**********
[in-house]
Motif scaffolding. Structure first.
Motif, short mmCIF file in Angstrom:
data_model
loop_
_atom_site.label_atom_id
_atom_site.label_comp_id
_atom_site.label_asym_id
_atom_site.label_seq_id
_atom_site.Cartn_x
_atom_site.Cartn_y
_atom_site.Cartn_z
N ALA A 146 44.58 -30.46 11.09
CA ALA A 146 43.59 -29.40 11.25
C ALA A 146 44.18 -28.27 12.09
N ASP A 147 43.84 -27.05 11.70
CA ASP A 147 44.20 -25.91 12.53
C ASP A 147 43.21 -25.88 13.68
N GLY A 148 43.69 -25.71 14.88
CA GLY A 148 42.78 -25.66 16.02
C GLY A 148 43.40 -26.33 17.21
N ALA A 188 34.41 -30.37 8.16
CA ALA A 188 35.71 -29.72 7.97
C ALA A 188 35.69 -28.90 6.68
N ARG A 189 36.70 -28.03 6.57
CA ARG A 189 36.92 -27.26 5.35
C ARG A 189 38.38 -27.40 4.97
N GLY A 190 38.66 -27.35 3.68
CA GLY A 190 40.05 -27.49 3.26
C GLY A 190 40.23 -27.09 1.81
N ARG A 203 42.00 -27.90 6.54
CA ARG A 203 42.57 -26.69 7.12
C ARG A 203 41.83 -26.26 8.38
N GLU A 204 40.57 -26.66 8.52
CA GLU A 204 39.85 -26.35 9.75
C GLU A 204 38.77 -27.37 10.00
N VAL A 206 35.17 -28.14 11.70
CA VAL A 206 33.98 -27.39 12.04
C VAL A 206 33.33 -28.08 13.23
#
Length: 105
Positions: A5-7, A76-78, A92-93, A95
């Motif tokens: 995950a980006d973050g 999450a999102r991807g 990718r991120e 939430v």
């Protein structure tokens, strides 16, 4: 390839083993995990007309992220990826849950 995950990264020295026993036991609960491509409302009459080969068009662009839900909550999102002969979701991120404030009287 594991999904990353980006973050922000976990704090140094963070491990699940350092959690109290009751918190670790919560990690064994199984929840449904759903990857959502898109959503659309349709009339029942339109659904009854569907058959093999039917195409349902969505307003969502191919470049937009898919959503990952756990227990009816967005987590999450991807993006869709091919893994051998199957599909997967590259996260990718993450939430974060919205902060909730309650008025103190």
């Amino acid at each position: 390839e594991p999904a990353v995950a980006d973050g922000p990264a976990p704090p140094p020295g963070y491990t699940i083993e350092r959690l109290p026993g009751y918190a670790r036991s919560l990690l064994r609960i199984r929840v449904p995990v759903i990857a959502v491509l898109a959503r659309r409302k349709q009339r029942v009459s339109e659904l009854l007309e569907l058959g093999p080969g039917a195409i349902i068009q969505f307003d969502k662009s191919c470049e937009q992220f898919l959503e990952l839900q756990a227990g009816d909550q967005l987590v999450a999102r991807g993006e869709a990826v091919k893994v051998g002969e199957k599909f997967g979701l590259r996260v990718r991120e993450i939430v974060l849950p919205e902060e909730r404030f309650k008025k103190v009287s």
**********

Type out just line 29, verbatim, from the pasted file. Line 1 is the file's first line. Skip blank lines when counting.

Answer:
CA GLY A 190 40.05 -27.49 3.26